**This post was authored by Elizabeth Queen, an intern with the Justice Center’s Workers’ Rights Project
Today’s “walk in” highlights the recent hits to North Carolina’s public education system, from funneling desperately needed public school funding into private school vouchers to failing to adequately compensate teachers for their hard work to educate our children. We support our public school teachers today, and are also spending this entire week spotlighting the programs that serve our youngest state residents and their families.
North Carolina has had one of the best pre-k programs in the country for years. However, despite national praise for this high-quality, cost-effective program (which, by the way, North Carolina is required by court order to provide to all at-risk 4-year-olds as part of these at-risk children’s constitutional right to a sound basic education ), the General Assembly has tried to limit access to this vital foundation for lifelong learning through cuts in the number of pre-k slots available and a proposed shift in the definition of “at-risk” that would allow the State to exclude some of NC’s most vulnerable kids from services. Without the essential building block of pre-k, children are far more likely to experience obstacles throughout the rest of their education and even into adulthood. And taxpayers are far more likely to pay the price for special education, involvement with the criminal justice system, and assistance from welfare programs for children who do not receive early childhood education.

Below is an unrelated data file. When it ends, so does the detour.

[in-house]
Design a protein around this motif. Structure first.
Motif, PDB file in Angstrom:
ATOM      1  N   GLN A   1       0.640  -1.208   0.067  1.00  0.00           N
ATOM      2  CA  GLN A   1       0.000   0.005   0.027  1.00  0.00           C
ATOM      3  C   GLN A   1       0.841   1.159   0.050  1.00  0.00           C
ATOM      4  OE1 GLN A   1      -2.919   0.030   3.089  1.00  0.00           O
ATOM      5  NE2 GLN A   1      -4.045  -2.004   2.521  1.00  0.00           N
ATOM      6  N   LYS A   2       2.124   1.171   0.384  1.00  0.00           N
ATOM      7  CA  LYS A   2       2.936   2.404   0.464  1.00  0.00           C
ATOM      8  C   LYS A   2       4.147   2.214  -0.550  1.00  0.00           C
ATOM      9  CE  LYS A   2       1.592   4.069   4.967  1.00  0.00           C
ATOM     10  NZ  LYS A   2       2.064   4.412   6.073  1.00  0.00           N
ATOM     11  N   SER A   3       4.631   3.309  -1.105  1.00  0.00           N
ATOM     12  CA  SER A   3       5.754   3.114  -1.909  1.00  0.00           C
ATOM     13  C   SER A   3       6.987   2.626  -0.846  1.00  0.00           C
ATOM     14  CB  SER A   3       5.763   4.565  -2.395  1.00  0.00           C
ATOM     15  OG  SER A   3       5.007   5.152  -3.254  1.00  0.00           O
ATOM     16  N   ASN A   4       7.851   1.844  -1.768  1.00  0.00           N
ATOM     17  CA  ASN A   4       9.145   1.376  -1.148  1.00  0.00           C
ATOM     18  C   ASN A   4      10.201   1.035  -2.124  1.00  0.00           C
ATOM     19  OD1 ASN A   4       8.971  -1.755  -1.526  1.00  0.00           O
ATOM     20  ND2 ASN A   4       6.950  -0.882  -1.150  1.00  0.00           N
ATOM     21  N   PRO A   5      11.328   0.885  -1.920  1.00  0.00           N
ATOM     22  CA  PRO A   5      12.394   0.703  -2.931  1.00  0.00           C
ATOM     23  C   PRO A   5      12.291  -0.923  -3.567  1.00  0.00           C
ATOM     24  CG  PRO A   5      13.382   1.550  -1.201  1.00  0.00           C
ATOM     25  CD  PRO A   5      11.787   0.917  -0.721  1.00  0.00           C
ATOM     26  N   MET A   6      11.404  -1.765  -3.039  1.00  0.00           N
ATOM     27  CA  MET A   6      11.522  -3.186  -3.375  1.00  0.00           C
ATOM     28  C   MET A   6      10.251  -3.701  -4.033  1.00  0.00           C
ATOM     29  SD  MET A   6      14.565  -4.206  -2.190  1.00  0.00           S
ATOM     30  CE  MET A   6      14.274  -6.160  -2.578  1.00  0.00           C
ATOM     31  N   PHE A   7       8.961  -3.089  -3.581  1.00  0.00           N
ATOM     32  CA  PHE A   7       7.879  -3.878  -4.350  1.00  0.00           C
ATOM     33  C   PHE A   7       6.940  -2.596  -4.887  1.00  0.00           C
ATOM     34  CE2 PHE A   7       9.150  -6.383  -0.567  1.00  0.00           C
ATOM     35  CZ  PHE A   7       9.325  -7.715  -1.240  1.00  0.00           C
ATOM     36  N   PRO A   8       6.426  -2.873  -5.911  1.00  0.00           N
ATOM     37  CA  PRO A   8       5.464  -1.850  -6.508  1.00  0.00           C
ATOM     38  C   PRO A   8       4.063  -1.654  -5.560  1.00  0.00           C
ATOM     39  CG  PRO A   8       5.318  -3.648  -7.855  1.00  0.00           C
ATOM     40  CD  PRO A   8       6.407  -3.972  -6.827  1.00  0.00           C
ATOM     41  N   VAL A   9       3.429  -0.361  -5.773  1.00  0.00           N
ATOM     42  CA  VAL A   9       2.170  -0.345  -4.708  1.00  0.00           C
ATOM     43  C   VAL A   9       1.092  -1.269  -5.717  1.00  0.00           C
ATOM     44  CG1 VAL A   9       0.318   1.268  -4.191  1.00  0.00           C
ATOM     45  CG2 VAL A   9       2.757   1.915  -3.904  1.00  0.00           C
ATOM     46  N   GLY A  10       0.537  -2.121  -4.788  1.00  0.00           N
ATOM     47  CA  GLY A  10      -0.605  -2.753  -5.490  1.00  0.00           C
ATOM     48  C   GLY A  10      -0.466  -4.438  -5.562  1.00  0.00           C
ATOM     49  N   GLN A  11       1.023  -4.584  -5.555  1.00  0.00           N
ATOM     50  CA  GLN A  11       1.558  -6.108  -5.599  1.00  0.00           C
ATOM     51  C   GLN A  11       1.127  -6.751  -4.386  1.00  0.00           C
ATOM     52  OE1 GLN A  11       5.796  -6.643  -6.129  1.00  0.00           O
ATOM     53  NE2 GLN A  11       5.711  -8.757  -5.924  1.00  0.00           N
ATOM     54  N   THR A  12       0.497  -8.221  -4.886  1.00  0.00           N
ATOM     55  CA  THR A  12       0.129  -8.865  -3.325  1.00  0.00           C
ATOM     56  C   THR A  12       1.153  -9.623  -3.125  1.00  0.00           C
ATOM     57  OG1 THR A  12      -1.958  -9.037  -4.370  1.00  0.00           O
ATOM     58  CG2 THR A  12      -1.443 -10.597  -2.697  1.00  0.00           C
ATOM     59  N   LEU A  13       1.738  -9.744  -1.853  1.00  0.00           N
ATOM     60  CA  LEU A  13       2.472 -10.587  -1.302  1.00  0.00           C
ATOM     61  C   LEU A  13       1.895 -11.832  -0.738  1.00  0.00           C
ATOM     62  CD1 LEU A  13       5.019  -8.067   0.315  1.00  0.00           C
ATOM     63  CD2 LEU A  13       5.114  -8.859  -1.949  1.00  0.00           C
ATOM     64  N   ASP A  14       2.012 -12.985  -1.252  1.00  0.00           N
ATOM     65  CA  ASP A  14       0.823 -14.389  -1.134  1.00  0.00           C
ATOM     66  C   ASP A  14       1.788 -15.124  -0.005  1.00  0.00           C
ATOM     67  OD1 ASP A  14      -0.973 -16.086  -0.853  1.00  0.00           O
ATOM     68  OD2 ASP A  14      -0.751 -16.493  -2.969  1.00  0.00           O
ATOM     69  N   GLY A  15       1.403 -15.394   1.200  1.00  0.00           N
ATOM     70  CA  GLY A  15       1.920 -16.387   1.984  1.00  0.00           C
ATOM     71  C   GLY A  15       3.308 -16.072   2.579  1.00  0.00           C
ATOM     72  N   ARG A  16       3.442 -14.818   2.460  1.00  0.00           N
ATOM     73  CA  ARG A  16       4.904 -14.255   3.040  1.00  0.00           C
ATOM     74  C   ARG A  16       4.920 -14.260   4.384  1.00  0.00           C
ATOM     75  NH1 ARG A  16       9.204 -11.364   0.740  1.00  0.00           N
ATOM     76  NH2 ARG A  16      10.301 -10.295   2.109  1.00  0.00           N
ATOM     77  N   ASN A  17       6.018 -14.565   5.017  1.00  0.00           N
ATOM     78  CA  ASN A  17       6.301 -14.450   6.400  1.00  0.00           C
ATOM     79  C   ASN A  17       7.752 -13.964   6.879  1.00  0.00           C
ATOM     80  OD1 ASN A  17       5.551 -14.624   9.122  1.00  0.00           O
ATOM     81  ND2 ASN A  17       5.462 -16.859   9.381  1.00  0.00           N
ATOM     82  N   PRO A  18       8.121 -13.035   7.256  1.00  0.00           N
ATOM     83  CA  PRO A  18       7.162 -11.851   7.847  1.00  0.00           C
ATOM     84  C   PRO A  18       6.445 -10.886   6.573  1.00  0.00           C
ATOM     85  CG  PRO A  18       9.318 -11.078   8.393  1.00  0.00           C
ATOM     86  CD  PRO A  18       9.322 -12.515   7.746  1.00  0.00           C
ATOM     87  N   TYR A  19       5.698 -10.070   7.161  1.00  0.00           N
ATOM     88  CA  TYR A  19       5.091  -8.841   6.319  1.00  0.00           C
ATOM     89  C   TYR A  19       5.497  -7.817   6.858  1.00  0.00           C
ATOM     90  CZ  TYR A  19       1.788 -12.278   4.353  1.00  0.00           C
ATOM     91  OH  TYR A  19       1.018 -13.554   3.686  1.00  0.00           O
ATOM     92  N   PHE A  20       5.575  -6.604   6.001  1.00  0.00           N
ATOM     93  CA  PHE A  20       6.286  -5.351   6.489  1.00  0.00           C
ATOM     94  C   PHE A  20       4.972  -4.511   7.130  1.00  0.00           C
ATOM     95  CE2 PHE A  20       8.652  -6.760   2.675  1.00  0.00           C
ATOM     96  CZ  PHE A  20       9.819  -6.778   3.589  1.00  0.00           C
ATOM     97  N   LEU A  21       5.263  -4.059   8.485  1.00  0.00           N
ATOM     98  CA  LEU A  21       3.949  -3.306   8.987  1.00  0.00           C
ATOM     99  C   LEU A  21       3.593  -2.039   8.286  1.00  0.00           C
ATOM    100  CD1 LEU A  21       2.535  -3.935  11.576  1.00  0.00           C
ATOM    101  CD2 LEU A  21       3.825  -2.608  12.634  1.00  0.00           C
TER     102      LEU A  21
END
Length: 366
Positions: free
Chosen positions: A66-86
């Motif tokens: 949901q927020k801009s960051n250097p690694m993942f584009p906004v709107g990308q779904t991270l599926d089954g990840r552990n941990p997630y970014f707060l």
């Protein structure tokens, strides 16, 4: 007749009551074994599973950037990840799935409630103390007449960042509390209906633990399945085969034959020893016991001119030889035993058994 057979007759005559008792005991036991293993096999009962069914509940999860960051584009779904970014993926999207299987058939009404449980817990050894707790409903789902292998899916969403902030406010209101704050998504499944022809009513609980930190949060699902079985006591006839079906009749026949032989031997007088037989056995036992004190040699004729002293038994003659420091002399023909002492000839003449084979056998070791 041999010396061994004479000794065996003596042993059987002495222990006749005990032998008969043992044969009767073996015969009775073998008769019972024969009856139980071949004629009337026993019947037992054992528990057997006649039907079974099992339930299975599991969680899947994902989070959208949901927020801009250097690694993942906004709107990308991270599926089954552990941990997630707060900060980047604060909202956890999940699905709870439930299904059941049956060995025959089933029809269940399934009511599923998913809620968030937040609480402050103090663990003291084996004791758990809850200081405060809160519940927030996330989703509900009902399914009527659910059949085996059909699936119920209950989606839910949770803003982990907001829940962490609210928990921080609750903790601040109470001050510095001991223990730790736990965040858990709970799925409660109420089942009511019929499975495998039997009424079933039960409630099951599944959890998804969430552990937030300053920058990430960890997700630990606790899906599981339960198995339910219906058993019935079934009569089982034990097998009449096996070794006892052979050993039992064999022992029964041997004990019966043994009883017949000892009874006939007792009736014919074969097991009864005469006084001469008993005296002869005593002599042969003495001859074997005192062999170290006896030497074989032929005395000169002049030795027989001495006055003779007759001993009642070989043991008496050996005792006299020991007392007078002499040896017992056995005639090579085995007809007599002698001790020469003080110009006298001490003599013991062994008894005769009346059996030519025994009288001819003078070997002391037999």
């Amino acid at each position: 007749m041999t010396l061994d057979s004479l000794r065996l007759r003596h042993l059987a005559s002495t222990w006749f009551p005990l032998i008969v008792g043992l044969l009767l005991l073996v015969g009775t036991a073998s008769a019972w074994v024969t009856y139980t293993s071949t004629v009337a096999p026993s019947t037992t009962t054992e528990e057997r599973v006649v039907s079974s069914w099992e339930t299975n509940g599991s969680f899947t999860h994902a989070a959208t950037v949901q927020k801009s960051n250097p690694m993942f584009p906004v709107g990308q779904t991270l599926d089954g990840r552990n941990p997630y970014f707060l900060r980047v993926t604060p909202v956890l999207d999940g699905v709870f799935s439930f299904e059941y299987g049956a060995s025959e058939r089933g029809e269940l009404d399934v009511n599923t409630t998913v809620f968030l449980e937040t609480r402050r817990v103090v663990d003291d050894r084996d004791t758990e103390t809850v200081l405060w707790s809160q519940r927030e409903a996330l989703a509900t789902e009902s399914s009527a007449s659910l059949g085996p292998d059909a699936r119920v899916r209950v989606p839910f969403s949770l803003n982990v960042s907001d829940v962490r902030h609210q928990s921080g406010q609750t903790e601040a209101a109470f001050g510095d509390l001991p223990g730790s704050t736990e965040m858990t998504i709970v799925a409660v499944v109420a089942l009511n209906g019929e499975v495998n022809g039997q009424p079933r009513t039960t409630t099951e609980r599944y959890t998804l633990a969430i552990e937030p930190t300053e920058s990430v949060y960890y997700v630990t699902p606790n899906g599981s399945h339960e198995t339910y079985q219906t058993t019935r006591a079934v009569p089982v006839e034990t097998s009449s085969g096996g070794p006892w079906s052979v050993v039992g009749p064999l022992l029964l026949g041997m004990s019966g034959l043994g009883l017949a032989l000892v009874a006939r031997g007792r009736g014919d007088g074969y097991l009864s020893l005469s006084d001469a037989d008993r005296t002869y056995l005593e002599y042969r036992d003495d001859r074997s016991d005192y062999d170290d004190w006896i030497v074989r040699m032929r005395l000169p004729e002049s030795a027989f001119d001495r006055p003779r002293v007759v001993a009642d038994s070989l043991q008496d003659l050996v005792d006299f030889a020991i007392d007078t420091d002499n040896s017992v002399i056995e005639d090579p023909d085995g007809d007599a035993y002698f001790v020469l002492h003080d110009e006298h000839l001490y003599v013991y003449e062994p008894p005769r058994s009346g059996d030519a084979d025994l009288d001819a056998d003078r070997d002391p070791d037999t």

But North Carolina’s early education programs are not the only family-supporting programs that are underfunded. Read more
Last Thursday, in the wake of the federal shutdown, the NC Department of Health and Human Services announced that county social service officials would resume processing TANF applications and that child care subsidy funds would be restored. But it’s still worth asking why North Carolina appeared to be the only state to fail to extend services with state dollars while expecting likely reimbursement from the federal government.
Prior to the end of the shutdown, Durham County was one of 34 counties that notified DHHS of plans to suspend or of already having suspended child care subsidies.
It’s also important to note that prior to the shutdown, prior to sequestration, and prior to the failure of Congress to reauthorize the TANF and CCDBG block grants that in large part fund state child care subsidies, over 34,000 children in North Carolina were on a waiting list for subsidized quality care.
Thousands of North Carolina families, a new NC Justice Center brief states, have been waiting for quality, affordable child care long before the federal shut down. Child care is the largest cost in many families’ monthly budget, Read more
Poverty continues to impact 1 in 5 North Carolinians, according to 2012 Census Bureau Data released last week. The extent of poverty would be far greater without the safety net and work supports, however. This post is part of a blog series that will explain how the new poverty data demonstrates the important role public programs play and the need for continued support. Read the other posts in this series on SNAP, Social Security, Unemployment Insurance and the EITC.